Yeasted Miso Rye


Adapted from 

Pagnotta in the 

Il Fornio Baking


This version is for my Miso Rye Bread using only commercial yeast. My original recipe uses sourdough and yeast. A 100% sourdough version is coming. 


  • 3/4 teaspoons instant yeast
  • 3 cups unbleached bread flour
  • 1/2 cup rye flour
  • 1/4 cup of miso (I prefer white, but red works. Use lower salt brand if possible)
  • 1 teaspoon salt (omit if you’re using full salt miso)
  • 2-3 tablespoons of malted milk powder or barley malt powder (optional)
  • 1 – 1 1/4 cups water
  • 1/2 cup Biga (optional)
  • additional flour for work surface
  • Olive oil for bowl
  • cornmeal for baker’s peel


Measure the flour into a large bowl of a stand mixer. Using a sturdy wooden spoon, stir the salt, malt powder and yeast into the flour. Mix the water and miso together. Form a well in the center of the flour mixture and add water, and the biga to the well. With the dough hook, knead the dough for 5 minutes. Let it rest a few minutes and knead for another 5 minutes until it is smooth and elastic.  Shape the dough into a ball. 

Rub a large bowl with olive oil and place the dough in the bowl. Turn the ball so that the surface is coated with oil. Cover the bowl with a towel and let the dough rise at room temperature until doubled, about 1 – 1 1/2 hours.

Punch down the dough by folding the edges into the center and turning it over so the top is once again smooth. Re-cover the bowl and let the dough rise a second time until doubled, about 1 hour. 

Turn the dough out onto a lightly floured work surface. Trying not to over-handle the dough, fold the edges in toward the center. Work in a circular motion, folding the entire rim of the dough in toward the center several times to form a round ball with a smooth side.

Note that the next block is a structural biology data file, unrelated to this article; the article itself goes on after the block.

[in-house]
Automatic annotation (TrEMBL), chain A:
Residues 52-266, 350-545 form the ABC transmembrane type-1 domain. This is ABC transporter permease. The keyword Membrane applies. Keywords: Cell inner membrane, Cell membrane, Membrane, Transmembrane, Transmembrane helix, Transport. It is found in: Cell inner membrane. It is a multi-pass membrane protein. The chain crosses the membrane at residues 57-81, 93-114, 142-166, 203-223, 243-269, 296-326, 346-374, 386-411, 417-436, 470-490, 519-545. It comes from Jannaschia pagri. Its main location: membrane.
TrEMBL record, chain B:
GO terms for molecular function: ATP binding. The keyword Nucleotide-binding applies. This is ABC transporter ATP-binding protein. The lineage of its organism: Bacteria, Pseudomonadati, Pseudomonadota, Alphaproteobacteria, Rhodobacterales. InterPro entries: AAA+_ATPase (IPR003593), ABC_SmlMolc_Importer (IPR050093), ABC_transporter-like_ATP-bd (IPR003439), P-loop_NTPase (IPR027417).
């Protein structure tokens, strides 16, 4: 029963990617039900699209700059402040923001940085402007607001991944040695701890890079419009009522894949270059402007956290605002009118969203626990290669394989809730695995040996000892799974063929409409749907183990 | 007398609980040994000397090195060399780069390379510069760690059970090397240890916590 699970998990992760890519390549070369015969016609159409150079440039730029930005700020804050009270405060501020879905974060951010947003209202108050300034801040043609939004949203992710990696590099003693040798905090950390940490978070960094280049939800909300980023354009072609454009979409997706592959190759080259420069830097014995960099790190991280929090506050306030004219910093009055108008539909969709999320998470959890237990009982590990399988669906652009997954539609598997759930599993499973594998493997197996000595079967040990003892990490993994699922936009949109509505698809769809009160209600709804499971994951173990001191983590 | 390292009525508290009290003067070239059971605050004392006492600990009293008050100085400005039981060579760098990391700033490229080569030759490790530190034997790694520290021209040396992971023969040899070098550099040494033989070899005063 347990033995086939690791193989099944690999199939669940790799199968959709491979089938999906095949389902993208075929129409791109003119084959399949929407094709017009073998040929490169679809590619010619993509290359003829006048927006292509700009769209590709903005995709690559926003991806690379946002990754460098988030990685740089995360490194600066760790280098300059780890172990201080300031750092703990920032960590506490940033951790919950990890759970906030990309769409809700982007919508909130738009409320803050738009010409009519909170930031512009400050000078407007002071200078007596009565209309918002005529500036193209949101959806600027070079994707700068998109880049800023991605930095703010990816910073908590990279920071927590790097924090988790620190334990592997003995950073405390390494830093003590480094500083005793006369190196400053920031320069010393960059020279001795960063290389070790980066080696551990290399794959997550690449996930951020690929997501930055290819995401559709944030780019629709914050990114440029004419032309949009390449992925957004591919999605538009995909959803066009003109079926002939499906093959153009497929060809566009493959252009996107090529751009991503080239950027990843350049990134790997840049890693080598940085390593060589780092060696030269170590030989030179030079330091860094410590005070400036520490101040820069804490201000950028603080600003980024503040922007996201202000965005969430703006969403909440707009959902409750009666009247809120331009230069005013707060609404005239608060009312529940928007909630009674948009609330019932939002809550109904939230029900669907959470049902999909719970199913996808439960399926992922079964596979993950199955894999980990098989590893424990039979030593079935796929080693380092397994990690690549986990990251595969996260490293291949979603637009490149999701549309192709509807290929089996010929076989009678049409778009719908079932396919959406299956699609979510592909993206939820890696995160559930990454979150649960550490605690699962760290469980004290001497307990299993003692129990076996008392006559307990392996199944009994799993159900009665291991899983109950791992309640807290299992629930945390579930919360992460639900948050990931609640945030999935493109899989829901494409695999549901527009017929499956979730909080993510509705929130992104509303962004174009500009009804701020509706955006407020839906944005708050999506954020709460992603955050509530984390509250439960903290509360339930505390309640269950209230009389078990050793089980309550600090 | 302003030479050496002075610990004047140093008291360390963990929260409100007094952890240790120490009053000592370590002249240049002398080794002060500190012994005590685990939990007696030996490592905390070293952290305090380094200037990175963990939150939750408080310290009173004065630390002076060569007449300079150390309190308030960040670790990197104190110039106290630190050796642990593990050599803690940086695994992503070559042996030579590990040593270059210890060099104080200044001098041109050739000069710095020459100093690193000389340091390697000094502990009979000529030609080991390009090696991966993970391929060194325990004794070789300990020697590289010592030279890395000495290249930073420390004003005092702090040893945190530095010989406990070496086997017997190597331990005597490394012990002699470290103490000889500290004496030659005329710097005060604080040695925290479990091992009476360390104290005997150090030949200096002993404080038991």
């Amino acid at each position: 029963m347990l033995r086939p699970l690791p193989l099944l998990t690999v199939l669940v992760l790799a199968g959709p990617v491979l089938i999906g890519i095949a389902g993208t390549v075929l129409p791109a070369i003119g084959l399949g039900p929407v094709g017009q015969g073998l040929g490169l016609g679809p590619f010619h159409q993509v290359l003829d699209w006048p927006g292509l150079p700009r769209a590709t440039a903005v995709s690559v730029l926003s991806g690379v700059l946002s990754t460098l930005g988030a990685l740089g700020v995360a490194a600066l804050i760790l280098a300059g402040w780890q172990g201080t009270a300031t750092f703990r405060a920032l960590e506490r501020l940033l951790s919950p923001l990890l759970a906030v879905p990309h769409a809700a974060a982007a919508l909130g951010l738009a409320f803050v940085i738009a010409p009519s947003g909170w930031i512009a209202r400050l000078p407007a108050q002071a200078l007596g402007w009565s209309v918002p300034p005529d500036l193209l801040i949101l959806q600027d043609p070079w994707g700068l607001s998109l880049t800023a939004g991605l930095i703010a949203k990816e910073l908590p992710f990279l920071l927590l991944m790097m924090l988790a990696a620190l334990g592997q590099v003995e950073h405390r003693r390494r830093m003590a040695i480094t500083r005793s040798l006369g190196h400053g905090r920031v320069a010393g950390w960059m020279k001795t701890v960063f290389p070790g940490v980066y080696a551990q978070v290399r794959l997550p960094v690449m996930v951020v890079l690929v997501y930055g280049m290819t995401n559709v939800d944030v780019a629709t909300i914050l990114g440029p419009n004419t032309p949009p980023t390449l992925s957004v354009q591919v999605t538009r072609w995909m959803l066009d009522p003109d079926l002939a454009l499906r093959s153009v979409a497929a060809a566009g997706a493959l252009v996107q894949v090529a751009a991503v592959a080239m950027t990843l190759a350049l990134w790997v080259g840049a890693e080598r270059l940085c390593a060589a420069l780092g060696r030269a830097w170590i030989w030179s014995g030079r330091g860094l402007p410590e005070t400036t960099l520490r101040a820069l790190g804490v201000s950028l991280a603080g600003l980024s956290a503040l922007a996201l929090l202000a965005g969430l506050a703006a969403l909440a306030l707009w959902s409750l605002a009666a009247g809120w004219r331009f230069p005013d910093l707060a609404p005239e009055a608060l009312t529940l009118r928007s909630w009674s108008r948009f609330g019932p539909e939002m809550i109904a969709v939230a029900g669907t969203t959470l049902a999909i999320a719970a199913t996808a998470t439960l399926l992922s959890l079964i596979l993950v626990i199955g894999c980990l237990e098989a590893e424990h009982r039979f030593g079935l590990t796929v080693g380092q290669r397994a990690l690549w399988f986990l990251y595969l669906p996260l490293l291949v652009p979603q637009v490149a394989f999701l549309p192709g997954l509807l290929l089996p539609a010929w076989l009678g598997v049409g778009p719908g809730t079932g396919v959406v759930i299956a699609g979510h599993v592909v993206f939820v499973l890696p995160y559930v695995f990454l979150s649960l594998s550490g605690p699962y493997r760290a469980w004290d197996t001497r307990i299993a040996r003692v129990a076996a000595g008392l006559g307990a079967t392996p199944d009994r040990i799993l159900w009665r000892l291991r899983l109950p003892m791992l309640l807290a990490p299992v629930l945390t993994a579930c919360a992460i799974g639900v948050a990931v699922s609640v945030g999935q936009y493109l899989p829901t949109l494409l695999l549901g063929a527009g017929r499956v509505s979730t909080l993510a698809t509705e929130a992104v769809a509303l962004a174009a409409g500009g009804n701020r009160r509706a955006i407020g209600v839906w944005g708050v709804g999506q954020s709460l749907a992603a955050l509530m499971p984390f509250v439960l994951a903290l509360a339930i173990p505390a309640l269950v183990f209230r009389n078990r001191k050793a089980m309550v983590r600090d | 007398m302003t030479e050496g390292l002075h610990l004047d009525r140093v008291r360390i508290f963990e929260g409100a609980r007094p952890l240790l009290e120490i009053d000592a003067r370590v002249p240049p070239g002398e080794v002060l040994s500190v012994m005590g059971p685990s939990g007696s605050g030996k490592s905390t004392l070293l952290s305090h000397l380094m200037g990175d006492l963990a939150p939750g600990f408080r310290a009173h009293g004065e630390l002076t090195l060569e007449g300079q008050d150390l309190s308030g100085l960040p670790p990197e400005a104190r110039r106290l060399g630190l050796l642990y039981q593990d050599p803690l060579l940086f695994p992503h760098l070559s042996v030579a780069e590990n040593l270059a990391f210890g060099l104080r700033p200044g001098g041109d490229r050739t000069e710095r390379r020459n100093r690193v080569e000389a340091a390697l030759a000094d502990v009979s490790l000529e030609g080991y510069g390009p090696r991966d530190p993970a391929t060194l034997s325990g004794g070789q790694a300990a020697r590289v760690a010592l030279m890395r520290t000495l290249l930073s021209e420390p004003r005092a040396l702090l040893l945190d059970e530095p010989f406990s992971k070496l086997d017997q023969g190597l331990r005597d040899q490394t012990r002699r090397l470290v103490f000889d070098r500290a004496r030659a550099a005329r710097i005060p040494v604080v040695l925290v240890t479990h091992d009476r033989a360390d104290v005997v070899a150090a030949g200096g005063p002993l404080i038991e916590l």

Spread a fairly thick layer of flour on a work surface. Place the ball of dough, rough side down, on the flour. Or place into a well floured rising basket. Cover with a towel and let rise at room temperature for 40 to 55 minutes. Meanwhile, place a baking stone in an oven and preheat to 425 degrees F. 

After abbout 40 minutes, test by lightly pushing your index finger into it and then removing your finger. If the dough springs back gently, it is ready to bake. If the indentation does not move, your dough has risen too much and will not “jump” (rise) in the oven. If the latter is the case, reform the loaves in the same manner and let rise again for 40 to 55 minutes. 

Dust a baker’s peel with cornmeal. Gently slip your hand under each loaf and turn it over onto the peel, so the rough side now faces up. Mist the preheated oven with a spray bottle. With a rhythmic snap of the wrist, slide the loaves onto the baking stone. Mist the oven again and bake the breads for 5 minutes. Mist one more time, reduce the oven temperature to 400 degrees F, and bake until the loaves have a hollow ring when tapped on the bottom, 40 to 50 minutes. When the loaf is  done, the top should have an attractive pattern of white flour, the side should be deep golden brown, and the bottom should be quite dark. Remove to wire racks to cool. completely.

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